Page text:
The innkeepers of Westmoreland County offer everything from modern, convenient hotels and motels to accommodations rich in character. Stay on the water. In a log cabin. At a grand Victorian mansion. On the grounds of a gracious colonial plantation. Or even in a restored waterman's cottage.
Just-caught crabs and fresh-picked corn and berries are just a few of the dishes you'll find at a wide selection of restaurants and the small town cafe where locals gather for good food and the news of the day.
The oldest museum in the Northern Neck was established to display Charles Willson Peale's 1768 portrait of William Pitt, the British Parliamentarian behind the repeal of the Stamp Act. Exhibits and programs present and interpret Westmoreland County history from pre-colonial times to today.
- artifacts discovered at the sites of Indian settlements and early plantations,
- full-length portraits of key figures in the County's early history, and
- items associated with Presidents Washington, Madison and Monroe.
The museum houses the Northern Neck Historical Society Library, an extraordinary genealogical research resource. The collection includes Northern Neck vital records, family histories, reference works, military histories, church and cemetery guides, Northern Neck town and county histories, immigration lists, census records and microfilm of the Northern Neck News from 1879-1939. You may conduct research at no charge during regular business hours. There is a nominal fee for photocopying.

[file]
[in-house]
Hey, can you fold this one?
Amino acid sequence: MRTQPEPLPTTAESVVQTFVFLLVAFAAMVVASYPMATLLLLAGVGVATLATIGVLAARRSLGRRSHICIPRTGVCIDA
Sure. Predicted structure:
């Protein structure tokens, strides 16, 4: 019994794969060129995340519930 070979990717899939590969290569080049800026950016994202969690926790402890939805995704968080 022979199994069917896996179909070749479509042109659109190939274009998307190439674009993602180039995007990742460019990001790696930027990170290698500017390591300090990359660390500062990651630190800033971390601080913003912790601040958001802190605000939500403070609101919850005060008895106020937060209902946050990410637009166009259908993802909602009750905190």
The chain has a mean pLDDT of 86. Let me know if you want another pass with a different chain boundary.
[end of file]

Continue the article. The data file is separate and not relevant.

Children love TimeTravelers, a statewide program of the Virginia Association of Museums. Students get a passport when they join the program and have it stamped each time they visit one of the 350 eligible places or events in Virginia–including the Westmoreland County Museum. Participants earn T-shirts, patches and other gifts as they accrue stamps.
The Presidents’ Garden
Gardeners will enjoy the museum’s Presidents’ Garden. It was the first garden in the region designed by Charles Gillette, one of the premier landscape architects associated with the restoration and re-creation of historic gardens in Virginia and the upper South from the 1920’s to 1960’s. The formal design features marble busts of George Washington, James Madison and James Monroe by Attillio Picciarilli, the same sculptor who carved the Lincoln Memorial.
The museum does not charge for its services, but accepts contributions and welcomes new members. Membership includes a 10% discount at the Museum Store, invitations to museum events and the museum’s quarterly newsletter, The Resolves. The Patriot level of membership includes special library privileges, exclusive exhibit previews and excursions to other historical and cultural sites. Click to learn more about membership options and to join now.
Hours of Operation
Monday – Saturday, 10:00 am - 4:00 pm
Westmoreland County Museum and Library
43 Court Square
P.O. Box 247
Montross, VA 22520